Christopher Hume assesses the architectural splendour and deeper significance of the government’s Canada Pavilion in Vancouver.
Moore’s problem is that every building reveals something of its builder; in this instance that adds up to an architectural portrait of public-sector cynicism. The strategy was simple: Put up something quick and easy, barely more than a glorified tent, then cover the exterior walls in flags and logos and stick a big blue arch in front to make it “architectural.” After that, you send in the minister to utter the appropriate platitudes and hope that in their excitement over the Games, Canadians forget all about it.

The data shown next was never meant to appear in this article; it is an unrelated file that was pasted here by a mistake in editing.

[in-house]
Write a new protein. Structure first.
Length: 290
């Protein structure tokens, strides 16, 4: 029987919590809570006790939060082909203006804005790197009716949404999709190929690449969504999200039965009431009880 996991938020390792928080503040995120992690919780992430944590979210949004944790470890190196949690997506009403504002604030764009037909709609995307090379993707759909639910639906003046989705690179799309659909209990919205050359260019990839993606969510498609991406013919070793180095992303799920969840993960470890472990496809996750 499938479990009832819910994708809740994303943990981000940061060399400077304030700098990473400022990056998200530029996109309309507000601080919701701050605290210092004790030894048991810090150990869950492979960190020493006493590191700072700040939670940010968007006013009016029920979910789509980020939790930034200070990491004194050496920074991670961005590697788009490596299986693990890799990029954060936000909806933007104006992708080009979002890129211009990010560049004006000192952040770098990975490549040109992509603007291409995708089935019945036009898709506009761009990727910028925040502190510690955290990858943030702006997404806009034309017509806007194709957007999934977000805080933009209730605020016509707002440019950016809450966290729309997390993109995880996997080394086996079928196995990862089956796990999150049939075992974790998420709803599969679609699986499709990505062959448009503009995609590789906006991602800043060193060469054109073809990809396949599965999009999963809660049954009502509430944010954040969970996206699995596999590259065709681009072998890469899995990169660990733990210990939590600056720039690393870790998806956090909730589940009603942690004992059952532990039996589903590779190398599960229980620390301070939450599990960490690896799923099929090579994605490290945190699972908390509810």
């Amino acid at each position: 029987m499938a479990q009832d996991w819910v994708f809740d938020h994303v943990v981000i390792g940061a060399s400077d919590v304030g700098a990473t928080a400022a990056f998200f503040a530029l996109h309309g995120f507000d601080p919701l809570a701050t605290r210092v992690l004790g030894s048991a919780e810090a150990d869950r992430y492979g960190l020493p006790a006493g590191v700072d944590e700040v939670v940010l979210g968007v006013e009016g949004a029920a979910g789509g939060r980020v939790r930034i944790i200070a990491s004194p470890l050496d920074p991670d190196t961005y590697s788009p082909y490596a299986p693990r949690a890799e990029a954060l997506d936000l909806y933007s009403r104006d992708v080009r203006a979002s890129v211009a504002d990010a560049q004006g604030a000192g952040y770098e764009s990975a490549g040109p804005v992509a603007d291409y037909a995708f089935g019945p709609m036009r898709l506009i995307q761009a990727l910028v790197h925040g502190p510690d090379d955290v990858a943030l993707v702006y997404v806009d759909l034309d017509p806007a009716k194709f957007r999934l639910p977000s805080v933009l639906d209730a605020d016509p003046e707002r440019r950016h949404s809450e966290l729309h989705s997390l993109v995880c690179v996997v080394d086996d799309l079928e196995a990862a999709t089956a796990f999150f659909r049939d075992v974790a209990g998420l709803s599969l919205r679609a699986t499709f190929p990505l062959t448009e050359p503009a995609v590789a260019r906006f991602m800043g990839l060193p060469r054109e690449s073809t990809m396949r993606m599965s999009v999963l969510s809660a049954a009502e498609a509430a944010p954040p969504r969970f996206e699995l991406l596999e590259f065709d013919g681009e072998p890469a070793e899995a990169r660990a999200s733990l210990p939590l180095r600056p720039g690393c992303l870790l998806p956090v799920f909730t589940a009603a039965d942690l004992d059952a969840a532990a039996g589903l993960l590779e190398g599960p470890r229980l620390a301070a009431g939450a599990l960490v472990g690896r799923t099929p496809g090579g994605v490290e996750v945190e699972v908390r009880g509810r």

But, in fact, the pavilion is as illustrative of this administration as is prorogation. Both show a government whose responses meet the barest technical requirements of acceptable conduct, but not one iota more. This is a regime that knows the price of everything and the value of nothing. But even if this pavilion had been built for free, it would still be worth as little.